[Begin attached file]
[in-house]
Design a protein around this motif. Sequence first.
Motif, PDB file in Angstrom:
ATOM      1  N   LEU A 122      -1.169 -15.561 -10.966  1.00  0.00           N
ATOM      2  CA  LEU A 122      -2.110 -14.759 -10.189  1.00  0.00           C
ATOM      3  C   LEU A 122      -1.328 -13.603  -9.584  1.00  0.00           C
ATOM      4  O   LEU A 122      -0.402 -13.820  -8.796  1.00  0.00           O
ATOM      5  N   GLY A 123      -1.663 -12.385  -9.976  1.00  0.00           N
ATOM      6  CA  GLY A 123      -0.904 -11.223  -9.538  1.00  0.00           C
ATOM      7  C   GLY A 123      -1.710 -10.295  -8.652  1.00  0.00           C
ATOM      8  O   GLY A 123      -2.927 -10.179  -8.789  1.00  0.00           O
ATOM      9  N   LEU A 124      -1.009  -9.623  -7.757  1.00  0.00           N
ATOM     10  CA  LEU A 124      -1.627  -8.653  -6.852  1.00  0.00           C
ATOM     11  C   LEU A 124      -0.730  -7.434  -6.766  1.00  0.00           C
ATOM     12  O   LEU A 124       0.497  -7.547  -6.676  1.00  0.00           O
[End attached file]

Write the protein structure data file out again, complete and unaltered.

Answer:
[in-house]
Design a protein around this motif. Sequence first.
Motif, PDB file in Angstrom:
ATOM      1  N   LEU A 122      -1.169 -15.561 -10.966  1.00  0.00           N
ATOM      2  CA  LEU A 122      -2.110 -14.759 -10.189  1.00  0.00           C
ATOM      3  C   LEU A 122      -1.328 -13.603  -9.584  1.00  0.00           C
ATOM      4  O   LEU A 122      -0.402 -13.820  -8.796  1.00  0.00           O
ATOM      5  N   GLY A 123      -1.663 -12.385  -9.976  1.00  0.00           N
ATOM      6  CA  GLY A 123      -0.904 -11.223  -9.538  1.00  0.00           C
ATOM      7  C   GLY A 123      -1.710 -10.295  -8.652  1.00  0.00           C
ATOM      8  O   GLY A 123      -2.927 -10.179  -8.789  1.00  0.00           O
ATOM      9  N   LEU A 124      -1.009  -9.623  -7.757  1.00  0.00           N
ATOM     10  CA  LEU A 124      -1.627  -8.653  -6.852  1.00  0.00           C
ATOM     11  C   LEU A 124      -0.730  -7.434  -6.766  1.00  0.00           C
ATOM     12  O   LEU A 124       0.497  -7.547  -6.676  1.00  0.00           O